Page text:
To Corporations: A Letter From a Person

To my dear corporate gentle-entities,

“Corporations are people, my friend.”

Those were the words of a presidential candidate in the last election. Pundits and talking heads have debated, defended, and debunked the notions that corporations are indeed people, with all the rights and freedoms which Western democracies recognize as coming with that category. You have poured money into lobbyists and think-tanks which have ingratiated that notion into our system of law and our economic structures. Many of our governments are currently organizing the Trans-Pacific Partnership, trade agreements which are meant to protect you as you go about your business around the world.

Witnessing these events, I have to put to you the following question: what on earth has possessed you that want to be recognized as people?

Let me inform you of the plight which those of us stuck in the “people” category have to suffer.

First, as corporations you have people defending your interests. Now I know that may sound a bit crazy, what with Occupy Wall Street not being so very far away in memory and with the general image of you not being that great among the common folk. But as I think we both know that so long as the common folk keep you in business, they can think whatever they please. Time was, a respectable man did two things as far as making a living was concerned: first, he kept himself off the government dole, and second, he made damn sure that he got what he deserved and what he needed to provide for his family from his work. Ergo, going to his employer and demanding a fair wage was his duty. Today though, it seems that it’s no longer selfish just to live on government welfare. No, even wanting a fair wage from an employer or complaining when we are wronged are now symbols of the entitlement and privilege of our spoiled generation.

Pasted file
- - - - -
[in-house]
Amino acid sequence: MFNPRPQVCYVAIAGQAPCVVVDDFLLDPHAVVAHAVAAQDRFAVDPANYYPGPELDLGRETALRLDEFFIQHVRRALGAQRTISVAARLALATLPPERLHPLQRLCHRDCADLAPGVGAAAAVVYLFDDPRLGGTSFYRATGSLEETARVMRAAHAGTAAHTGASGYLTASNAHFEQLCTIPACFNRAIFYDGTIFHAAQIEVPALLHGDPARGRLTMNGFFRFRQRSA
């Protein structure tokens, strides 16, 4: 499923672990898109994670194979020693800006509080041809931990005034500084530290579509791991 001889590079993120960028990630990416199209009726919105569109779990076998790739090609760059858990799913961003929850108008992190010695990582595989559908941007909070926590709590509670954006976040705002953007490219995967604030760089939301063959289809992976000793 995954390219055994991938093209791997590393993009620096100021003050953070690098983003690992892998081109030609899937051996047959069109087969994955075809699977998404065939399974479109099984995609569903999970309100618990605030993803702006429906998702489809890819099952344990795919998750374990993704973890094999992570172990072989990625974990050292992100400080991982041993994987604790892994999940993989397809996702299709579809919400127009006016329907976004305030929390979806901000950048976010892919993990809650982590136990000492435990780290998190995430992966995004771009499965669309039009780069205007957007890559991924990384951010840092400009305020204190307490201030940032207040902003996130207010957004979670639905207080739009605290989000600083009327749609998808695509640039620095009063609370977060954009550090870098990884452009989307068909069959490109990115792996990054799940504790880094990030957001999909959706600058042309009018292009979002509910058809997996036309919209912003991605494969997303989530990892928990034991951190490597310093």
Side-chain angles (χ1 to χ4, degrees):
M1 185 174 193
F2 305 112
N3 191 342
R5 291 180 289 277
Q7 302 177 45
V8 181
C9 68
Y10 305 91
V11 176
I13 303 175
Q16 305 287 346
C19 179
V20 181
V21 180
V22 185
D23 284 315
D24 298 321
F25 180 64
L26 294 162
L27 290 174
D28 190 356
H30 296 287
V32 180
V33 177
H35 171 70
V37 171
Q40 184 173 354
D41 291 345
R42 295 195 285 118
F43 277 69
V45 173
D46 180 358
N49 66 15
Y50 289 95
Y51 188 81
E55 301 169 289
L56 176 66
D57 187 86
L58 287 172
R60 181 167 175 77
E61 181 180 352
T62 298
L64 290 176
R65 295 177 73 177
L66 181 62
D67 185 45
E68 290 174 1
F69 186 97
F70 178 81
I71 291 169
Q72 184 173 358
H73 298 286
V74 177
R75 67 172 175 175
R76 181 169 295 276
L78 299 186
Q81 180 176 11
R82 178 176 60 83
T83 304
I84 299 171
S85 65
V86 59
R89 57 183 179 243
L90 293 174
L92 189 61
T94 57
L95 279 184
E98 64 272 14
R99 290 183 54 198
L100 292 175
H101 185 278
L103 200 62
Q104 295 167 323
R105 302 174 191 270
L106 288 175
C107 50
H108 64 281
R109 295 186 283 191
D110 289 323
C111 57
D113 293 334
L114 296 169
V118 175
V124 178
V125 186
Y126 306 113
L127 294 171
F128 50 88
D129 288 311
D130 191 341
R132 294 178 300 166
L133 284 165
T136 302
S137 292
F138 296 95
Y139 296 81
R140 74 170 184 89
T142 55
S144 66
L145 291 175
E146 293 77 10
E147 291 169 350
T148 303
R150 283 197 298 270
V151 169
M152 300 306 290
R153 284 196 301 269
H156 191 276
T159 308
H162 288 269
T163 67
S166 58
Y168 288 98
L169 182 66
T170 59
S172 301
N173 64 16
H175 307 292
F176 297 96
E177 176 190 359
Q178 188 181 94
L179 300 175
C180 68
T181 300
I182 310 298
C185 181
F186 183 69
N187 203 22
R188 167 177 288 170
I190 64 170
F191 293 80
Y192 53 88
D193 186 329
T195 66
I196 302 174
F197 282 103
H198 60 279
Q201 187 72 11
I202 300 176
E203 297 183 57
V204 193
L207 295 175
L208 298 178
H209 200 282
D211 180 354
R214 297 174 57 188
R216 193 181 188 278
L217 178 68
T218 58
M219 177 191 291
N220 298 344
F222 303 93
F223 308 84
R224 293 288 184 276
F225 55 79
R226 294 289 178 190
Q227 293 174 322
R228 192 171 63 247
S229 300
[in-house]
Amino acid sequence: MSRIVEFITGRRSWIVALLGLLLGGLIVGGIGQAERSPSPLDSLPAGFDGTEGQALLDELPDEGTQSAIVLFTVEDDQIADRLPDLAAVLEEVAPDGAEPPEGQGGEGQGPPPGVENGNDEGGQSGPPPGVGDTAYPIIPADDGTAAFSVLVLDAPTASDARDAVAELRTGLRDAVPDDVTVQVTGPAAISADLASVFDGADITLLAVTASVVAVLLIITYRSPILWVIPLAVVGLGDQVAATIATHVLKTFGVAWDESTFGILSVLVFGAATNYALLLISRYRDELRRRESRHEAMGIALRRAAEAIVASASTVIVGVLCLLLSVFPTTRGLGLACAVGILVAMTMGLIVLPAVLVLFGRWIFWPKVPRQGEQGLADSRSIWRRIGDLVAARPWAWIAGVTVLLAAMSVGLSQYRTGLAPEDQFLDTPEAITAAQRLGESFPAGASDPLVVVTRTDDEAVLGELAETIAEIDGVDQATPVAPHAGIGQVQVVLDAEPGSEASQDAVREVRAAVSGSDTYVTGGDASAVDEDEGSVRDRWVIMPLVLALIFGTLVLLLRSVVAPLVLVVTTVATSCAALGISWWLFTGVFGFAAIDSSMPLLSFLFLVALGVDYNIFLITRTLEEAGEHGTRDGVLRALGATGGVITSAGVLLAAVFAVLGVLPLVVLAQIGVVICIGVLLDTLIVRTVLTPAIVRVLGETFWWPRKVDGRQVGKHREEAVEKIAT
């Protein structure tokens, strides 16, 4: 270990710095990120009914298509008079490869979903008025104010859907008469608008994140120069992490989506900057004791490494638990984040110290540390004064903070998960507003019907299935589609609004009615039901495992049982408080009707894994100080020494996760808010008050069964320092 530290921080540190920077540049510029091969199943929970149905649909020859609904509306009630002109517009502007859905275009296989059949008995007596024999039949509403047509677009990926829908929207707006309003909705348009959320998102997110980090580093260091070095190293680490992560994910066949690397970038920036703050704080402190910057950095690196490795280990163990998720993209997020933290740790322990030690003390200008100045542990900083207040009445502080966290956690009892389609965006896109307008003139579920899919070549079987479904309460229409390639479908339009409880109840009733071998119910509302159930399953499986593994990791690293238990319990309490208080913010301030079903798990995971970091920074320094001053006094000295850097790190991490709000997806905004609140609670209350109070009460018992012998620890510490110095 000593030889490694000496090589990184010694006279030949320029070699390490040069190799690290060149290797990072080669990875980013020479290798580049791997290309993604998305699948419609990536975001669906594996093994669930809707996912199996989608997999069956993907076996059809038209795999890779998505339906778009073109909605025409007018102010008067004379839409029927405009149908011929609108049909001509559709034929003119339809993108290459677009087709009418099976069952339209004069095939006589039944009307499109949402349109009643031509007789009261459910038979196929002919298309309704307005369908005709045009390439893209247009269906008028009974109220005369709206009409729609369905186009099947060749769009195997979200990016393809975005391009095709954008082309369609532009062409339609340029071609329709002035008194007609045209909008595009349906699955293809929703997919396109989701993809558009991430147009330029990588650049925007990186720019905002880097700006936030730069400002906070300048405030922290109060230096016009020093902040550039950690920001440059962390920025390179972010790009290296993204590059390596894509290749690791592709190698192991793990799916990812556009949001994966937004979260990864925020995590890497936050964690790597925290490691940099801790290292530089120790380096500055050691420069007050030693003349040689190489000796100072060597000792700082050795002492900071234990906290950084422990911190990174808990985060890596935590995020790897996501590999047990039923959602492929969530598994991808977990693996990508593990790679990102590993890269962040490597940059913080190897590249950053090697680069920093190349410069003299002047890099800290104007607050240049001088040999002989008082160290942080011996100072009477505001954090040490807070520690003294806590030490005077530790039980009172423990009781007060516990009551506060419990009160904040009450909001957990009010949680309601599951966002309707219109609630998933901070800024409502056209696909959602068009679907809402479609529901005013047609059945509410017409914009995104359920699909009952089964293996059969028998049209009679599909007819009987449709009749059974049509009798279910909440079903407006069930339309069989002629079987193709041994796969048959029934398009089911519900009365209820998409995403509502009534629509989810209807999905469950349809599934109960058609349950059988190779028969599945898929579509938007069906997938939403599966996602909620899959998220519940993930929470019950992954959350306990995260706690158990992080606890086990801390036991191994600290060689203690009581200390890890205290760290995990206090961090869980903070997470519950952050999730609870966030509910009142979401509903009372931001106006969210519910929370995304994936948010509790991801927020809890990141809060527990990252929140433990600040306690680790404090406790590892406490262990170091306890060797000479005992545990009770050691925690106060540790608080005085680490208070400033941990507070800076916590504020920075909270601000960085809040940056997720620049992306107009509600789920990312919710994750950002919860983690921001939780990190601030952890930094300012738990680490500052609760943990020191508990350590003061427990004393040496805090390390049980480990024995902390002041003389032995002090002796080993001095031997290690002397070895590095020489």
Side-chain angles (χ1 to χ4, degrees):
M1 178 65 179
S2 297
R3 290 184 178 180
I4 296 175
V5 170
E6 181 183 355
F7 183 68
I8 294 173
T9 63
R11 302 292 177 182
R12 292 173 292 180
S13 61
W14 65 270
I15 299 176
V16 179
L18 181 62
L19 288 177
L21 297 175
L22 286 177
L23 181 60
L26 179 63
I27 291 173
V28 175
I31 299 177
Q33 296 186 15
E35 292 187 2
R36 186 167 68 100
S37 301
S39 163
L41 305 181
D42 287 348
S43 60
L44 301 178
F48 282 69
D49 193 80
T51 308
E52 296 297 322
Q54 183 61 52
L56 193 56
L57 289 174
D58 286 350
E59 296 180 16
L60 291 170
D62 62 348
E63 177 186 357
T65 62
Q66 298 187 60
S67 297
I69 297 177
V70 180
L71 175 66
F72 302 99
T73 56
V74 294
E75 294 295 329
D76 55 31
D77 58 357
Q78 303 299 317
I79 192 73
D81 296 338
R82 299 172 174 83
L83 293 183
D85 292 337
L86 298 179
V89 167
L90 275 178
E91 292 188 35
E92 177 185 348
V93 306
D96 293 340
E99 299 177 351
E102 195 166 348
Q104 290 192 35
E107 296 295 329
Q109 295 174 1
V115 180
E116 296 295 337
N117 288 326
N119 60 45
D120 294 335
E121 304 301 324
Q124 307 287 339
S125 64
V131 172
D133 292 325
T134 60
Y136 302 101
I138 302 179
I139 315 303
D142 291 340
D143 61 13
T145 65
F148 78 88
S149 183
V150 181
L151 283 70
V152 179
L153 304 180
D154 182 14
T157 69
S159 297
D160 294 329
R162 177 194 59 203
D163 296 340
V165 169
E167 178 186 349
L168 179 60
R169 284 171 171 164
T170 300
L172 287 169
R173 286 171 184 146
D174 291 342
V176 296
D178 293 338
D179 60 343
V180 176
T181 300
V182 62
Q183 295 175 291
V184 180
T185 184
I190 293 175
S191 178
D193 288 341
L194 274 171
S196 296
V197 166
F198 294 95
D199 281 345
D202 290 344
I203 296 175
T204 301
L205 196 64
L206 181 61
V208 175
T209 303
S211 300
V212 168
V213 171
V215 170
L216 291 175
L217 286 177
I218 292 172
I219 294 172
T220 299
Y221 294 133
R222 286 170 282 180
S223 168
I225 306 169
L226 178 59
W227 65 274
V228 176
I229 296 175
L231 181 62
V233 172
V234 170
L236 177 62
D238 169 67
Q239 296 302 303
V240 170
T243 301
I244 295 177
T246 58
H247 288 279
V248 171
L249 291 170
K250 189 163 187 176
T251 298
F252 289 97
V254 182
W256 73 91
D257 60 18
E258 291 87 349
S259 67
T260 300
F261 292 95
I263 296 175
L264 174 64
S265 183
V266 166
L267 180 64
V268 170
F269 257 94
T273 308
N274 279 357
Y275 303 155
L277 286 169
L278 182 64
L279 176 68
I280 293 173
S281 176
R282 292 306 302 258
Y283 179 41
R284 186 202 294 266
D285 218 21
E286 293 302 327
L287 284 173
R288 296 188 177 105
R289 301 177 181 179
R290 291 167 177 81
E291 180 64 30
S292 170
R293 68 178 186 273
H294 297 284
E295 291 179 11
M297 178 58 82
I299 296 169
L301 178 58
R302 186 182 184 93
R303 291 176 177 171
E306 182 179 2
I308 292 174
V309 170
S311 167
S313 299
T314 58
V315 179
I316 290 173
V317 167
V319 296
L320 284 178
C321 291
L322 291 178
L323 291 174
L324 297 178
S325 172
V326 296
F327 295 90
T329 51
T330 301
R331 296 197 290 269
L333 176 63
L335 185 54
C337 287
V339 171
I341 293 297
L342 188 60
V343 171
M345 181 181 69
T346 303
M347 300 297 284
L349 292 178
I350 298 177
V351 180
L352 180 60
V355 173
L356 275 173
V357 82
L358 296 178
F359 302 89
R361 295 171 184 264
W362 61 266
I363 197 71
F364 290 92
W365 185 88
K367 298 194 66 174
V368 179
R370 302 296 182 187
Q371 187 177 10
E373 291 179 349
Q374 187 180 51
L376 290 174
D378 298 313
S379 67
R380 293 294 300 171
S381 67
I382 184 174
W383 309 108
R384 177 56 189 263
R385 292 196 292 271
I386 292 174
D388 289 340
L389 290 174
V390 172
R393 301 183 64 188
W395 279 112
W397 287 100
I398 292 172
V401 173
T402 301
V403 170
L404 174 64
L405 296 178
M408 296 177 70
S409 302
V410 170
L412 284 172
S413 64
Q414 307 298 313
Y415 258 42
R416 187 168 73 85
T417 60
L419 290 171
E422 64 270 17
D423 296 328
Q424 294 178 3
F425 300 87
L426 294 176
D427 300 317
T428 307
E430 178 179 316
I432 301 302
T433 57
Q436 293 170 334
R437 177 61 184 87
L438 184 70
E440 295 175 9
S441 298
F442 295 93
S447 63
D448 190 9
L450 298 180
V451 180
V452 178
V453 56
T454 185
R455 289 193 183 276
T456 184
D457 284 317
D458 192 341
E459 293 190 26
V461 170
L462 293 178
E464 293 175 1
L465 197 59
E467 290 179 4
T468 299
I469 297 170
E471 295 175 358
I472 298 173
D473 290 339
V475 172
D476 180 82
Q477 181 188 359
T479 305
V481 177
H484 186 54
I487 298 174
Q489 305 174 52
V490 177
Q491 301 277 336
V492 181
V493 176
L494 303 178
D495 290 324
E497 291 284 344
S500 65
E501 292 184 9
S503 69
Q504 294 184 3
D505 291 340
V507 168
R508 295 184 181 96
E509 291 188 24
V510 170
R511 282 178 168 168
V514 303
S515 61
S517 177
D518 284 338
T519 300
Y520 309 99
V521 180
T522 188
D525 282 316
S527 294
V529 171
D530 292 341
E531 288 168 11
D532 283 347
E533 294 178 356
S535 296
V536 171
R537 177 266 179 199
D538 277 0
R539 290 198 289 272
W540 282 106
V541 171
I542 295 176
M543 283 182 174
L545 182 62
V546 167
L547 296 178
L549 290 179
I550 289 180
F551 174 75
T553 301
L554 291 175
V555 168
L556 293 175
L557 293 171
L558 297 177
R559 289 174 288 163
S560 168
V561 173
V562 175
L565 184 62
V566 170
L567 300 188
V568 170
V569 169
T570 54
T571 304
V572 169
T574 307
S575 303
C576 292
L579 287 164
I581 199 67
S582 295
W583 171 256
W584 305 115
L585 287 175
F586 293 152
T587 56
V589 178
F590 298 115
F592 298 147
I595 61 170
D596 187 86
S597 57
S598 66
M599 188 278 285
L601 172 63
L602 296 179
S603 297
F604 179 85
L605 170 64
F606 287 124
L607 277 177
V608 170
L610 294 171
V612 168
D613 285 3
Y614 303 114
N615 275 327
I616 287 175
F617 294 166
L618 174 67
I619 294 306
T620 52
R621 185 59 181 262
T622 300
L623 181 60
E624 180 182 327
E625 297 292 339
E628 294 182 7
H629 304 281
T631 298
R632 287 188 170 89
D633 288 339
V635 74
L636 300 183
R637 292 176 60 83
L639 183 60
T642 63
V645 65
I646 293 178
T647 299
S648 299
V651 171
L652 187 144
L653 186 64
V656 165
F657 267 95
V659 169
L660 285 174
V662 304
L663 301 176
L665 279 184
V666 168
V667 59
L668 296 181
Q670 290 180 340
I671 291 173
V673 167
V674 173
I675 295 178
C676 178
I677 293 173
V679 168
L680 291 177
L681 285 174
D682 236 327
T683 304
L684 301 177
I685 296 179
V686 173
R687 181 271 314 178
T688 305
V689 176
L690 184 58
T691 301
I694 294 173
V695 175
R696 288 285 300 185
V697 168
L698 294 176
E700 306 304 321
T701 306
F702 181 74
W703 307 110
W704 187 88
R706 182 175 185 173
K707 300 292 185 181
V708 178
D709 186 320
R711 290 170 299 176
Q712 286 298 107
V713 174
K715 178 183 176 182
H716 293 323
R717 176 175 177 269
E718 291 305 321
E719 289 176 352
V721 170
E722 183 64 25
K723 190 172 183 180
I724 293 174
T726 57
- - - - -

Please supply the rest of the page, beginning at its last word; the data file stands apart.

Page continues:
You, my corporate friends, have it made! One upon a time, it was widely held that you deserved the profits you had earned. If new laws or your own inadvisable decisions resulted in lost opportunities, well that was just too bad. It was your own fault for not playing the game better by adapting to the new situation. No longer! Thanks to international “free trade” agreements, you are now able to sue our States not only for infringing on profits you already made, but on nonexistent profits which you would otherwise have been able to make! Take Australia: the government there recently instituted laws regulating the packaging of cigarettes. No doubt, the brigands thought they could subject their corporate victims to the whims of “public health” and “saving medical costs”. Fortunately, bilateral trade agreements with Hong Kong allowed Phillip Morris to sue for compensation in the billions in profits that it has not yet actually made, but which will now be smaller thanks to said laws. Suing for profits before they’re made? We Millennials can only dream of such things! We’re considered entitled just for wanting adequate pay for the work we’ve already done…if we decided to sue for what we’ve yet to earn, the pundits would have a fit, followed by a media field day.